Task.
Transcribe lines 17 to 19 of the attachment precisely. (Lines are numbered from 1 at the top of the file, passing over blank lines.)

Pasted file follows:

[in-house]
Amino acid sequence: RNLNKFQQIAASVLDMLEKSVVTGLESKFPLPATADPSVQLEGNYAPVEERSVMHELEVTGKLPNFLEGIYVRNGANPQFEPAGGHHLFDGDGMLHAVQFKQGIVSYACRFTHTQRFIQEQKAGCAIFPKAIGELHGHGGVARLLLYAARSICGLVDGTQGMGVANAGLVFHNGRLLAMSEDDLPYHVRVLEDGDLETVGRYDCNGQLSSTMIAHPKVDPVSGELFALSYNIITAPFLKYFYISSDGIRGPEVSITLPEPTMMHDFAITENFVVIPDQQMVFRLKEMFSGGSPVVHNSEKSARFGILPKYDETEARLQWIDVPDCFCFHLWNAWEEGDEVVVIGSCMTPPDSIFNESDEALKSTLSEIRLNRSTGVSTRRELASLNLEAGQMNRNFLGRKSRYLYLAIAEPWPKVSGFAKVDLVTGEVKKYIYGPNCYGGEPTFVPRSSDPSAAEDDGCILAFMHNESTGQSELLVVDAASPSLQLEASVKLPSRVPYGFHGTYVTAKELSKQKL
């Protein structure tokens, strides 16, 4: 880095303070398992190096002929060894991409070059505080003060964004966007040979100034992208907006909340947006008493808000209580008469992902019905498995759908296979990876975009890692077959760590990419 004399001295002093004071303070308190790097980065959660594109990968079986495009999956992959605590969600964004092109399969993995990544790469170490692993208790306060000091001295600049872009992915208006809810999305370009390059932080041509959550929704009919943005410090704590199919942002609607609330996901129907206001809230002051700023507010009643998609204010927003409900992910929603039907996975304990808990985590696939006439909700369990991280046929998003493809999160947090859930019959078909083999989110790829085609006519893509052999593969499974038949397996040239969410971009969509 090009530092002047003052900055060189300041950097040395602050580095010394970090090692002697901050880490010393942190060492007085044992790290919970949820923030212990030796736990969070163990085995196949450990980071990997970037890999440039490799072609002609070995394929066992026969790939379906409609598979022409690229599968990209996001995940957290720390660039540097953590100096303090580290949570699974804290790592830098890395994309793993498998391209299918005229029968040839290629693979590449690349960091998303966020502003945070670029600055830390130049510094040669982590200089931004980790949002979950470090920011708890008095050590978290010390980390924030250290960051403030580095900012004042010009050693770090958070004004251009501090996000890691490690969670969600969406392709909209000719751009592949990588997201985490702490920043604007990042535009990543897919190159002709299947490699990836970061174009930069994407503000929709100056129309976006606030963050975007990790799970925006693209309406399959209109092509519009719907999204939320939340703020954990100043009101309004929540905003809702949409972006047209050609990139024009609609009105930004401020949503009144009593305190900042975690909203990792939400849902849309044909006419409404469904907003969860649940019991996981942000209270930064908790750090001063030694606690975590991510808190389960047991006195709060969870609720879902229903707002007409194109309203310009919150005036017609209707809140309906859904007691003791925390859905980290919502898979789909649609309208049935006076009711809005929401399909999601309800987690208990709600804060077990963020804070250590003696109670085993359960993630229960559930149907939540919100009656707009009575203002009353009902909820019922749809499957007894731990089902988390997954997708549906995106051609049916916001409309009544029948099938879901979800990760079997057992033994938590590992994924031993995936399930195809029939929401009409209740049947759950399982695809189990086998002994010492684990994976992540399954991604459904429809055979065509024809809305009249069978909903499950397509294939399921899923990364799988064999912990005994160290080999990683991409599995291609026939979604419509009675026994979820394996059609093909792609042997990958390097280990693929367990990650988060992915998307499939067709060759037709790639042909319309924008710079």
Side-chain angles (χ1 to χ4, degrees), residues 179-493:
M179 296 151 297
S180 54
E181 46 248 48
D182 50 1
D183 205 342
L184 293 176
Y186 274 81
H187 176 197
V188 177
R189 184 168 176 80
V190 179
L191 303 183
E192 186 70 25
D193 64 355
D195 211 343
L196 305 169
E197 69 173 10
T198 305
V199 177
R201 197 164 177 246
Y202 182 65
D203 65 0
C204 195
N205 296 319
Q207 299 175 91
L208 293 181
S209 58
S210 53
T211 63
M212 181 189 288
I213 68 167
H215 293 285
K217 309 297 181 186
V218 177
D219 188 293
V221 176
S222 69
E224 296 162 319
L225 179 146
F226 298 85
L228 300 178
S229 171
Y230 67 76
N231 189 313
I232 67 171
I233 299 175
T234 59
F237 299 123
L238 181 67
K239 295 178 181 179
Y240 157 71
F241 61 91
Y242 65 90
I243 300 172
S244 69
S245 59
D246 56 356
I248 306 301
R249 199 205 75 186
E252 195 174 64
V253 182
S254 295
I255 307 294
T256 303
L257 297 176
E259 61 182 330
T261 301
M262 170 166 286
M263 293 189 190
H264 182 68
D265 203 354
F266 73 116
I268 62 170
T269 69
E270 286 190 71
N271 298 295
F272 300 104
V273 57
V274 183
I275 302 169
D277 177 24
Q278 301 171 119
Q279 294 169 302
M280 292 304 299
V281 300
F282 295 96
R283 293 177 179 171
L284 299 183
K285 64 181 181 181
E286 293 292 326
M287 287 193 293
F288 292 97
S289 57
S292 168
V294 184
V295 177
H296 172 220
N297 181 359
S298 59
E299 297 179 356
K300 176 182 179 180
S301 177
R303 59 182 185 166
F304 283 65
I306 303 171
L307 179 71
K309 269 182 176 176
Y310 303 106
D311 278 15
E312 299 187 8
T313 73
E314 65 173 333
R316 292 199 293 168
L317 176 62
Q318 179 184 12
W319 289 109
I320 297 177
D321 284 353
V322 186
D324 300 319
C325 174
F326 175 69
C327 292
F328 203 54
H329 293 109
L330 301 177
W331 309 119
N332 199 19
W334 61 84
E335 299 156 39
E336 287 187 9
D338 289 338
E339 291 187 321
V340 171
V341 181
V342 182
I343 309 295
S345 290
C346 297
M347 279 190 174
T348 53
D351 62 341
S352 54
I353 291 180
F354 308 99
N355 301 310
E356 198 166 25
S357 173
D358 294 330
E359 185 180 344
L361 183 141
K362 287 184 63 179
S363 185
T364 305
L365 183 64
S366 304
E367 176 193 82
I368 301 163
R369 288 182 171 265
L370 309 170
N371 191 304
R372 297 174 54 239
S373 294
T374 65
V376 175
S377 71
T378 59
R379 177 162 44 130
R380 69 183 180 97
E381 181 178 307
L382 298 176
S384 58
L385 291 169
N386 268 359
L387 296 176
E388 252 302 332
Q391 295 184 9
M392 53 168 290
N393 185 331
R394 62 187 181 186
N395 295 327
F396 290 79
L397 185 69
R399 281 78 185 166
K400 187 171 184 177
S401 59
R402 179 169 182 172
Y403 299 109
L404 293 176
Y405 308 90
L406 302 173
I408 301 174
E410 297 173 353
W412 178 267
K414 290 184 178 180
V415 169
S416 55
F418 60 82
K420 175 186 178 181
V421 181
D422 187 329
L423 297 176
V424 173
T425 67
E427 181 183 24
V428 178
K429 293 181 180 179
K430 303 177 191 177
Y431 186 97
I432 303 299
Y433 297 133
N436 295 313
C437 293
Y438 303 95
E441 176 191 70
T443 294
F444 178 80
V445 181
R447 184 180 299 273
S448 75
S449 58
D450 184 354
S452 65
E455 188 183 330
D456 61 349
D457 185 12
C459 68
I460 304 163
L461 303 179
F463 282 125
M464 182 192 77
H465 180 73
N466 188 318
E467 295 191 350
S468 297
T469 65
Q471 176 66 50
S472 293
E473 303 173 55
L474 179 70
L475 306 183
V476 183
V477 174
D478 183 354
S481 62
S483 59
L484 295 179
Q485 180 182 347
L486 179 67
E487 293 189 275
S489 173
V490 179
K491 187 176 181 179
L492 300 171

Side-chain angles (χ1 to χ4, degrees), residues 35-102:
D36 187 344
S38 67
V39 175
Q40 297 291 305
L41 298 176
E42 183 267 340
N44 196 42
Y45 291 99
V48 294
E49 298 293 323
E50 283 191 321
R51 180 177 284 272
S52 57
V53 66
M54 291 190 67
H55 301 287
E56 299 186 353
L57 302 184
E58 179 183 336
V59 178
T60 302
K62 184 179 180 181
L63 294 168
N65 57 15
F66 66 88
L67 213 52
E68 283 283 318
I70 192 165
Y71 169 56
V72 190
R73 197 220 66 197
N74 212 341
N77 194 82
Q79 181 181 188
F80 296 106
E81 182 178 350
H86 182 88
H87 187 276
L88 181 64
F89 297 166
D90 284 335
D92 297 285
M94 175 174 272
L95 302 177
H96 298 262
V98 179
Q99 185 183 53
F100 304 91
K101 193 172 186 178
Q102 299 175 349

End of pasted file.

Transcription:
E192 186 70 25
D193 64 355
D195 211 343